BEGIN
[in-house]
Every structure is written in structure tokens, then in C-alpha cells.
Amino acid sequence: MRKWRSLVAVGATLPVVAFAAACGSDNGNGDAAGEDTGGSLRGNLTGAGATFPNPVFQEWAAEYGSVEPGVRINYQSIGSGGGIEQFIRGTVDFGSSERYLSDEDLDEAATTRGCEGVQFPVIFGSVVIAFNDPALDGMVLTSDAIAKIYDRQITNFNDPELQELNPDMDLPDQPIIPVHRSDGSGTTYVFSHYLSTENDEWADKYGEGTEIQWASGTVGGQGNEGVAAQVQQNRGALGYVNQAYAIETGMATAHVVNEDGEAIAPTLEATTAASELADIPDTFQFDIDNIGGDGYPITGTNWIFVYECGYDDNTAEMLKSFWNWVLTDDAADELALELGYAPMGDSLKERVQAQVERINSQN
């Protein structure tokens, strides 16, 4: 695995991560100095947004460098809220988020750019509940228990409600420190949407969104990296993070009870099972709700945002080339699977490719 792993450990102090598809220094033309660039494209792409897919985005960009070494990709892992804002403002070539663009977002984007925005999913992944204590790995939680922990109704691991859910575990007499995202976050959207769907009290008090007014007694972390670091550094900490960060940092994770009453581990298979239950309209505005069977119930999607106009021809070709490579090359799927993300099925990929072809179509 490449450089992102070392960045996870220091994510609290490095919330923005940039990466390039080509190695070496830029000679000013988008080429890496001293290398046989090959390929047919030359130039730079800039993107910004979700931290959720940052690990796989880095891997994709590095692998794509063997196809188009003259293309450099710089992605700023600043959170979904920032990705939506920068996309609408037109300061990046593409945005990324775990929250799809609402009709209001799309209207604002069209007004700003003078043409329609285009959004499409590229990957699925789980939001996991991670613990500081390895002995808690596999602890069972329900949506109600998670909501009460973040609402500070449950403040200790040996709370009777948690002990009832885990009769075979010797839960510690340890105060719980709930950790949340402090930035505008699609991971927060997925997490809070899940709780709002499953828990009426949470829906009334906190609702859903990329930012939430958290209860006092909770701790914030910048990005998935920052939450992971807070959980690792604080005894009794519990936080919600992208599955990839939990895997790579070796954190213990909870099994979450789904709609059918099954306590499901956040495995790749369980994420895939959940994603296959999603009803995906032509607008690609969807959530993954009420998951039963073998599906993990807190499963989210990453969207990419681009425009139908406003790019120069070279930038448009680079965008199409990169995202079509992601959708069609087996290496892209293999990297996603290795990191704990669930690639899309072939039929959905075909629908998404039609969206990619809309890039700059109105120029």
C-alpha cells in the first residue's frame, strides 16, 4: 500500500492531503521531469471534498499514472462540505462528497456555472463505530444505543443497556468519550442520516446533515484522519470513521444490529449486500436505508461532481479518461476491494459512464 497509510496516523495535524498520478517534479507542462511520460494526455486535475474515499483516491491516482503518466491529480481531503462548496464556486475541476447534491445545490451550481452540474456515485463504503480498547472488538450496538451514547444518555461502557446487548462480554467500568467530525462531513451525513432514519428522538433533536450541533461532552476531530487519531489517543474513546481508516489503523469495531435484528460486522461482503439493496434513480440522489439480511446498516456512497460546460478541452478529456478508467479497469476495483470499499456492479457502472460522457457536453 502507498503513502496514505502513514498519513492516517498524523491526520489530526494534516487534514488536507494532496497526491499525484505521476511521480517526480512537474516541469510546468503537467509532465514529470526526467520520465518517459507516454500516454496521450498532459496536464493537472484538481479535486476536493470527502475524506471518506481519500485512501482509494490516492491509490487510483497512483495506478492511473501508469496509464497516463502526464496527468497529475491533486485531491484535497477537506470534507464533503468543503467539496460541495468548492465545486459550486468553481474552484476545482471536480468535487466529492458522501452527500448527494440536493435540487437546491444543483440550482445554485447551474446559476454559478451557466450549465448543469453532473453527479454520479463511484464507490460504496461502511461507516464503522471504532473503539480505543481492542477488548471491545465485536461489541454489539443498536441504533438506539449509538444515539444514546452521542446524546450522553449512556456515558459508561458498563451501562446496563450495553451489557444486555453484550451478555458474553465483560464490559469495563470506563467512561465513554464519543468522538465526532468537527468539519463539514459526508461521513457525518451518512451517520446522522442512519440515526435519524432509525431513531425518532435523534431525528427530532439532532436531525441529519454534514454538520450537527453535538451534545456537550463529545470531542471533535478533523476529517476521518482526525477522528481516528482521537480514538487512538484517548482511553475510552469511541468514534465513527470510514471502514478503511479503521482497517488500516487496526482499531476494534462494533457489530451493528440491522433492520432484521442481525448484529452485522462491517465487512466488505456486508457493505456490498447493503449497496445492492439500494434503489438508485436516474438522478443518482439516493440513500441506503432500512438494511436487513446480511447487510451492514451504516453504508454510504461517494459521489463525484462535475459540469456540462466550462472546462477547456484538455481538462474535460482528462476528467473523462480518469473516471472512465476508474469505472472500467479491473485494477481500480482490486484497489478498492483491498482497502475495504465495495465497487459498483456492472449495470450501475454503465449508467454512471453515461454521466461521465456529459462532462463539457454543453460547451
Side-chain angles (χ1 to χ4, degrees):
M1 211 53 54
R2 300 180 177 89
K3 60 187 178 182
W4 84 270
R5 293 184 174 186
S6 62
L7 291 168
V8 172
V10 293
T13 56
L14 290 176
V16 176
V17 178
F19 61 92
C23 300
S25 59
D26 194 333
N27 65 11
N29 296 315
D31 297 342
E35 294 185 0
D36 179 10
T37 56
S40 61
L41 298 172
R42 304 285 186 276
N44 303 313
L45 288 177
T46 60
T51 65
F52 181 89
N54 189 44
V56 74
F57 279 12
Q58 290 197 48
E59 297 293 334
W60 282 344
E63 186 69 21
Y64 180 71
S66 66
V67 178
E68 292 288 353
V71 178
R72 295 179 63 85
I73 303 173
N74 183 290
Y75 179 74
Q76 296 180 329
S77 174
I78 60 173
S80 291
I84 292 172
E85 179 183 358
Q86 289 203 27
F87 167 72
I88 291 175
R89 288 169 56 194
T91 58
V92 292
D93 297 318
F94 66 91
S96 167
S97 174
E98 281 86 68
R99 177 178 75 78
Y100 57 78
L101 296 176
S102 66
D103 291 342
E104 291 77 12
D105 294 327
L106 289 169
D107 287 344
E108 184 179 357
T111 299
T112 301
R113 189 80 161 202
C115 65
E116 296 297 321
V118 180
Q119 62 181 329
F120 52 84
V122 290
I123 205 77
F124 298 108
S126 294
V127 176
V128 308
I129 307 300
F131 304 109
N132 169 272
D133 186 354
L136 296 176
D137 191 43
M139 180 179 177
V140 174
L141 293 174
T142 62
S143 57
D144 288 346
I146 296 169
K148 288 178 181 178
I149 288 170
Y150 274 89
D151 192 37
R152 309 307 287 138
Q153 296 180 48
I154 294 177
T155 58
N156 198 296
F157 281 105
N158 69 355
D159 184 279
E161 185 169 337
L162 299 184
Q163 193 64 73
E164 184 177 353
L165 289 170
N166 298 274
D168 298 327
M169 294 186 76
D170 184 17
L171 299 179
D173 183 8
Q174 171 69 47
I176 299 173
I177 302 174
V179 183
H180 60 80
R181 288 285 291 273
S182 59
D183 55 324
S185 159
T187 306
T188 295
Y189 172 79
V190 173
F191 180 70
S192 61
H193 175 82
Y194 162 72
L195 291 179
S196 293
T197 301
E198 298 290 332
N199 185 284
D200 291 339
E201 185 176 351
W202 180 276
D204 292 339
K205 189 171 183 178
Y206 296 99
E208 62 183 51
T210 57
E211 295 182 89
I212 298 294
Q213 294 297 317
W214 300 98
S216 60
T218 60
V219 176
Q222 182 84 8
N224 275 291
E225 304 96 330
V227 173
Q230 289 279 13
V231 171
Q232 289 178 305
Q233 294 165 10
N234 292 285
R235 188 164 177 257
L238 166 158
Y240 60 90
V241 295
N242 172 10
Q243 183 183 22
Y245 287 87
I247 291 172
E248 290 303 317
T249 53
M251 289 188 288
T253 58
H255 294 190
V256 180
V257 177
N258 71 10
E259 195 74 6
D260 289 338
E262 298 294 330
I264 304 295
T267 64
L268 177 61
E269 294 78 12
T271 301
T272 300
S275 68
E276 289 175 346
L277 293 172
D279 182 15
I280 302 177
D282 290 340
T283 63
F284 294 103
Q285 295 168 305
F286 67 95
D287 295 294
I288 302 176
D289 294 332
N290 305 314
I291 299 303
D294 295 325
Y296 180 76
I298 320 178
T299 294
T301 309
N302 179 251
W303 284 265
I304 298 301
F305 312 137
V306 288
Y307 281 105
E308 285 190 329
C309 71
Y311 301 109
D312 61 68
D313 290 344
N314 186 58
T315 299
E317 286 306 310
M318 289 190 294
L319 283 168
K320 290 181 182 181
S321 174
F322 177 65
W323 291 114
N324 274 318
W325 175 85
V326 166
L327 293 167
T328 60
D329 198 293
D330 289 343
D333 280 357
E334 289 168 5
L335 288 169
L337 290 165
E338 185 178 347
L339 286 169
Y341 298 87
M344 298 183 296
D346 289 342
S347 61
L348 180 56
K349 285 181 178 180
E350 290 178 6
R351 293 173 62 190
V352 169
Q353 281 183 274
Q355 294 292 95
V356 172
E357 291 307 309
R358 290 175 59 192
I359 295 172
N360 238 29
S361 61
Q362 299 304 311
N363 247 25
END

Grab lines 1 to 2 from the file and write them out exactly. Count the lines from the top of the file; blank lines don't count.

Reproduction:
[in-house]
Every structure is written in structure tokens, then in C-alpha cells.